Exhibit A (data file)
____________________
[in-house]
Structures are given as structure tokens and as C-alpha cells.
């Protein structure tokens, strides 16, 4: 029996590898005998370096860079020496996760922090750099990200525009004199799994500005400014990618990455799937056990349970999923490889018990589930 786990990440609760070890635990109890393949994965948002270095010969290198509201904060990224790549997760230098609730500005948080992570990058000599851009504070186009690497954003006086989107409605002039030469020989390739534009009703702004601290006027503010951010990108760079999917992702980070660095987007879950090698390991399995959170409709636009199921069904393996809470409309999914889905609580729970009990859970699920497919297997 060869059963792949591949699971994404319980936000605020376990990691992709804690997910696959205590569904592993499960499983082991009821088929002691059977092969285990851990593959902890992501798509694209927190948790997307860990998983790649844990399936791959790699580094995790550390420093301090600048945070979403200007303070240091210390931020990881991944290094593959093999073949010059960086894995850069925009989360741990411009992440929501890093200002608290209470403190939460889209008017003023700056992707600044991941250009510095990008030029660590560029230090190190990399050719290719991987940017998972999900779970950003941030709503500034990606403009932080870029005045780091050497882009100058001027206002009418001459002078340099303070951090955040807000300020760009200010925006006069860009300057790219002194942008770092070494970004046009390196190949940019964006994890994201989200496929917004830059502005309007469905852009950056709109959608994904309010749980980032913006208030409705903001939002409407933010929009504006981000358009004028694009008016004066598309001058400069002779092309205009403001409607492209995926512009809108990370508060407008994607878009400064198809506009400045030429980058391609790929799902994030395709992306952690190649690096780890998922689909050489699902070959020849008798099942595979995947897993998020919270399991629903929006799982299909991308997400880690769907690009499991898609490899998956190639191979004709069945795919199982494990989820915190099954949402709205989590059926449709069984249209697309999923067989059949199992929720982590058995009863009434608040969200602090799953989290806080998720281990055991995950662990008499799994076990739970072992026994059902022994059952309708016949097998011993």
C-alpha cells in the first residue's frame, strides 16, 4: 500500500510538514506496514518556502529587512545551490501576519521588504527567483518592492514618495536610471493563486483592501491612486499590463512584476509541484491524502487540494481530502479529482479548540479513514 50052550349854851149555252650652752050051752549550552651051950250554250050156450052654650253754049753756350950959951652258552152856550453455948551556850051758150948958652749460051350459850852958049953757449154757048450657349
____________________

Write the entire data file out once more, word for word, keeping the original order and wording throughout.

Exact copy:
[in-house]
Structures are given as structure tokens and as C-alpha cells.
């Protein structure tokens, strides 16, 4: 029996590898005998370096860079020496996760922090750099990200525009004199799994500005400014990618990455799937056990349970999923490889018990589930 786990990440609760070890635990109890393949994965948002270095010969290198509201904060990224790549997760230098609730500005948080992570990058000599851009504070186009690497954003006086989107409605002039030469020989390739534009009703702004601290006027503010951010990108760079999917992702980070660095987007879950090698390991399995959170409709636009199921069904393996809470409309999914889905609580729970009990859970699920497919297997 060869059963792949591949699971994404319980936000605020376990990691992709804690997910696959205590569904592993499960499983082991009821088929002691059977092969285990851990593959902890992501798509694209927190948790997307860990998983790649844990399936791959790699580094995790550390420093301090600048945070979403200007303070240091210390931020990881991944290094593959093999073949010059960086894995850069925009989360741990411009992440929501890093200002608290209470403190939460889209008017003023700056992707600044991941250009510095990008030029660590560029230090190190990399050719290719991987940017998972999900779970950003941030709503500034990606403009932080870029005045780091050497882009100058001027206002009418001459002078340099303070951090955040807000300020760009200010925006006069860009300057790219002194942008770092070494970004046009390196190949940019964006994890994201989200496929917004830059502005309007469905852009950056709109959608994904309010749980980032913006208030409705903001939002409407933010929009504006981000358009004028694009008016004066598309001058400069002779092309205009403001409607492209995926512009809108990370508060407008994607878009400064198809506009400045030429980058391609790929799902994030395709992306952690190649690096780890998922689909050489699902070959020849008798099942595979995947897993998020919270399991629903929006799982299909991308997400880690769907690009499991898609490899998956190639191979004709069945795919199982494990989820915190099954949402709205989590059926449709069984249209697309999923067989059949199992929720982590058995009863009434608040969200602090799953989290806080998720281990055991995950662990008499799994076990739970072992026994059902022994059952309708016949097998011993």
C-alpha cells in the first residue's frame, strides 16, 4: 500500500510538514506496514518556502529587512545551490501576519521588504527567483518592492514618495536610471493563486483592501491612486499590463512584476509541484491524502487540494481530502479529482479548540479513514 50052550349854851149555252650652752050051752549550552651051950250554250050156450052654650253754049753756350950959951652258552152856550453455948551556850051758150948958652749460051350459850852958049953757449154757048450657349